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Homebrewing 101: A Primer On How Not To Make Beer

by Gary Greenberg July 2016 Also on Digital Edition

Although the process of turning water, malt, hops and yeast into fine ale is not rocket science, my first attempt put me in such a foul mood that my teen son and the dog both kept their distance. “I wish to hell Nora had just given me a gift certificate to Total Wine!” I screamed to no one in particular after the propane burner blew out for the umpteenth time and I scorched my forearm on the brew pot yet again while trying to relight it.

Nora is my wife who thoughtfully shelled out $125 to buy me a beer-brewing kit as a gift. Total Wine is the liquor superstore with a seemingly limitless variety of delicious craft beers that you only need a fridge and bottle opener to enjoy.

I was sure I’d ruined the batch. First off, I didn’t account for water boil-off, and ended up with about 3 gallons of wort (the cooked but not-yet-fermented beer) instead of 5. Then, the gloppy brown sludge that developed in the fermenter looked more like something you’d expect to see flowing out of a latrine than tap. But it eventually cleared up and tasted pretty darn good. It also packed a wallop, quickly washing away the pains of beer-birth and convincing me to try it again.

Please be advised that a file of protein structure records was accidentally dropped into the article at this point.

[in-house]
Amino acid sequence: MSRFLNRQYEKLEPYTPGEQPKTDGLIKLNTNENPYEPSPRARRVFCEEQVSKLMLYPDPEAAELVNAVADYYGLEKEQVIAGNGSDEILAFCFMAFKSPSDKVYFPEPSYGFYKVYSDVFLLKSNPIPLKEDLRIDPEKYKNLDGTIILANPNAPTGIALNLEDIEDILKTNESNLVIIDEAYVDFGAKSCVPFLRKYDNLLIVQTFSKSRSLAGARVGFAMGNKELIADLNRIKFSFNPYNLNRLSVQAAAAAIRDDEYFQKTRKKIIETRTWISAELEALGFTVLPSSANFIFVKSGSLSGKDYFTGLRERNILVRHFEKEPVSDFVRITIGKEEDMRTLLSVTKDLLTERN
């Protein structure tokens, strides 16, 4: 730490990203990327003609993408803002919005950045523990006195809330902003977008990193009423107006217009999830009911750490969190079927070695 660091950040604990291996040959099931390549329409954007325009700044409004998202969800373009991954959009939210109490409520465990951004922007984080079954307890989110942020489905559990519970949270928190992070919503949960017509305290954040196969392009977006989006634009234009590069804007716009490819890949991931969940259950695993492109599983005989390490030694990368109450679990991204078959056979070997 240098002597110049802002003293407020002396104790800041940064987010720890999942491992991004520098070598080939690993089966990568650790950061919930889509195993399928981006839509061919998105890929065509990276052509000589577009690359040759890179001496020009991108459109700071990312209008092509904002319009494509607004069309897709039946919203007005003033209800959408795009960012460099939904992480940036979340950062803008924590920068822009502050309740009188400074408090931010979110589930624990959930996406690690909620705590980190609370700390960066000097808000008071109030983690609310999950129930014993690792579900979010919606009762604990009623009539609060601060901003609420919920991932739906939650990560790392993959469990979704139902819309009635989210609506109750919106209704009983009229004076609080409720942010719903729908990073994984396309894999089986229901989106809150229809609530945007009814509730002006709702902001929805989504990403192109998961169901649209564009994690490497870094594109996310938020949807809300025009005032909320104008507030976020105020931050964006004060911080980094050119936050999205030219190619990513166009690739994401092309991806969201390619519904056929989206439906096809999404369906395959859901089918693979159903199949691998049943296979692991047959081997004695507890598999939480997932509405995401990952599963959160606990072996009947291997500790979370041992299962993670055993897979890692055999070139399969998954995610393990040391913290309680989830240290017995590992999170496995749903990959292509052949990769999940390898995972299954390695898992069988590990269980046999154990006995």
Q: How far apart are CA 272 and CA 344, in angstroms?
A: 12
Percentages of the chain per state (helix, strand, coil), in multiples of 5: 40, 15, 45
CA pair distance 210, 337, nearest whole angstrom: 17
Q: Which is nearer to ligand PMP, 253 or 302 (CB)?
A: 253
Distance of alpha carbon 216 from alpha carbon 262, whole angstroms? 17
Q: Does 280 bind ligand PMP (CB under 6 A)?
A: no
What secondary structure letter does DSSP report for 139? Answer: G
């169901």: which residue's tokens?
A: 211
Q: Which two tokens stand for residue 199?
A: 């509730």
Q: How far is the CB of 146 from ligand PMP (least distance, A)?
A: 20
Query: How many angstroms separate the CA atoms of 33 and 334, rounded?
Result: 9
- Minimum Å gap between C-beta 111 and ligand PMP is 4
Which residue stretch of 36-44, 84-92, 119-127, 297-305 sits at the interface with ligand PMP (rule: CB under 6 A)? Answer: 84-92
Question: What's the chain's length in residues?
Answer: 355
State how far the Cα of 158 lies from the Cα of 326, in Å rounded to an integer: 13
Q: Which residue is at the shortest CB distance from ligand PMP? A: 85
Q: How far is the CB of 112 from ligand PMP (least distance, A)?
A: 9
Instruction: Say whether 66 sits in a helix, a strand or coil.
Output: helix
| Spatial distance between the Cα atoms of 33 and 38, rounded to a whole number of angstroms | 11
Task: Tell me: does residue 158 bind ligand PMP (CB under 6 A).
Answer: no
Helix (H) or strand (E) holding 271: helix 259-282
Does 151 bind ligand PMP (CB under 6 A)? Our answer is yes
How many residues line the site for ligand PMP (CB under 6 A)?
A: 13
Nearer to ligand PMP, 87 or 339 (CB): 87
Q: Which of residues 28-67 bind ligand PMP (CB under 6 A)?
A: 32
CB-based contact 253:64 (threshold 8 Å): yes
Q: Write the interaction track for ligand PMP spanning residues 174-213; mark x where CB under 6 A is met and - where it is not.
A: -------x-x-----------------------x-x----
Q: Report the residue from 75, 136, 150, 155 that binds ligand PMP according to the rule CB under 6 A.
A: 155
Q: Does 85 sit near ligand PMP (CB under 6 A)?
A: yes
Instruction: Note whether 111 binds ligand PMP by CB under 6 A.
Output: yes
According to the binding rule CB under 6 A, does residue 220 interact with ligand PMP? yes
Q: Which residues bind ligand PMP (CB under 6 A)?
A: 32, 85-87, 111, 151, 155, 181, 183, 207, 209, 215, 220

That was more than four years ago, and I’m still going strong. If you’re a novice, buy a starter kit and sign up for a group lesson. Of homebrewing, I can say this: If you think you’d like it, you’ll love it. But there are a few pitfalls you’ll want to avoid, like …



1. Overflows

While some people brew beer in their kitchen, I highly recommend doing it with a propane burner outdoors unless you think you may enjoy cleaning sticky wort residue from the deepest crevices in and around your stove area. Actually, the brewing process is pretty simple. Boil up some water, add several pounds of malt extract, periodically sprinkle in a few ounces of hops for bittering, flavor and aroma, and cook. After about an hour, the wort is done. Then you chill it from boiling to about 75 degrees before pouring it into a glass or plastic fermenter and adding yeast—the magical-but-heat-sensitive fungi that eats the sugars in the malt and converts them into alcohol and carbon dioxide.

But no matter how big your brew pot, at some point, you are sure to experience an overflow. As the sugary malt boils, it can quickly foam up and overflow—usually when you are momentarily distracted by a phone call, a late-arriving guest to your brew party or the dog choking on a chicken bone. The remedy is easy enough: Kill the flame momentarily. But I can only imagine what a mess this would be in the kitchen, as opposed to outside, where the dog will lick it up once he finishes spitting up or ingesting that chicken bone.

2. Exploding beer

Cleanliness is next to godliness when it comes to brewing—surprising since man first started making beer 7,000 years ago, when life was a lot dirtier. Nowadays, it’s vital to sanitize your brewing equipment or else you risk your beer catching a bacterial infection.